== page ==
The early Christians were small in number and often persecuted, so they couldn't build special buildings for their own use. Instead, they used whatever buildings were available to them when they came together–private homes, public halls, even synagogues (for many of the earliest Christians were also Jewish).
Only later, as they grew in number, did they have the ability and the legal right to build separate church buildings. In time, some of these became very elaborate (and you can still see many of these ancient cathedrals in Europe today). As Christians grew in number, they also occasionally took over buildings that had once been pagan temples, some of which were quite large.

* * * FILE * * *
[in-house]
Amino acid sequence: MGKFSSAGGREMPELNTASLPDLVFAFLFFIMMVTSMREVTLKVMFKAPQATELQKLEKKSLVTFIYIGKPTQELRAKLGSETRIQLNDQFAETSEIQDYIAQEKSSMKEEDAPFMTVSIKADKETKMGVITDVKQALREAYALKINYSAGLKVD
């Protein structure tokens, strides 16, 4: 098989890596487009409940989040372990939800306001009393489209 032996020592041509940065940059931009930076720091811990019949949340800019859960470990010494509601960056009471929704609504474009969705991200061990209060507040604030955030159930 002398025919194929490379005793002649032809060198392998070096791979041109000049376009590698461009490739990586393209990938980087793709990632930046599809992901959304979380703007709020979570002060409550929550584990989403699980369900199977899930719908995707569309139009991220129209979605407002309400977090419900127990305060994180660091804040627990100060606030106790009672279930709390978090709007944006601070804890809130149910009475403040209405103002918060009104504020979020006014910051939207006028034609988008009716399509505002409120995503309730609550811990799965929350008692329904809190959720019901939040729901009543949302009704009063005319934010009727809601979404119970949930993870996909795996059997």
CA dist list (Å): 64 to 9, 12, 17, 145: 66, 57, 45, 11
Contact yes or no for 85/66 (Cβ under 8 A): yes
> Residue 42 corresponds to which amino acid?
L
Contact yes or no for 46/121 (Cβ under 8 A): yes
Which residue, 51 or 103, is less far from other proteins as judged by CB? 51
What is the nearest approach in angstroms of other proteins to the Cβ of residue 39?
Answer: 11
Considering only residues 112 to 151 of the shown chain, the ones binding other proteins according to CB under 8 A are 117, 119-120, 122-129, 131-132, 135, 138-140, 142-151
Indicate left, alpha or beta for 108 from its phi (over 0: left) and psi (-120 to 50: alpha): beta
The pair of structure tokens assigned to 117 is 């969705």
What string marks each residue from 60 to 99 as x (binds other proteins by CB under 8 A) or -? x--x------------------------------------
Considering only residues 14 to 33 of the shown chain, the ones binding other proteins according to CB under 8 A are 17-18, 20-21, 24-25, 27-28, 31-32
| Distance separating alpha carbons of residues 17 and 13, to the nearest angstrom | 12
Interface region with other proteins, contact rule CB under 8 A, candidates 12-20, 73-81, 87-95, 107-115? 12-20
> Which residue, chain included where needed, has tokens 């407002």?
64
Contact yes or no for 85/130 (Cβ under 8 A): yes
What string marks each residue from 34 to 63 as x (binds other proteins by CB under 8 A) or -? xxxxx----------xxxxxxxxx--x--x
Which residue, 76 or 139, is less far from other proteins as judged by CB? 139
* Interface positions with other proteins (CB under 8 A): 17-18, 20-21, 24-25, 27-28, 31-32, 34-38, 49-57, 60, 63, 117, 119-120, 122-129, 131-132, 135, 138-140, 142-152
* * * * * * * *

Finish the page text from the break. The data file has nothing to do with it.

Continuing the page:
I am not an architect, of course, nor can I tell you what your church should do about its new building. If you have concerns, however, you should share them with those who are involved in planning this project. But be a good listener, also; they may see a new building as a tool to make the church more effective in its outreach.
The Bible says, "So whether you eat or drink or whatever you do, do it all for the glory of God" (1 Corinthians 10:31). May this principle guide not only your own life but your church as it plans for the future.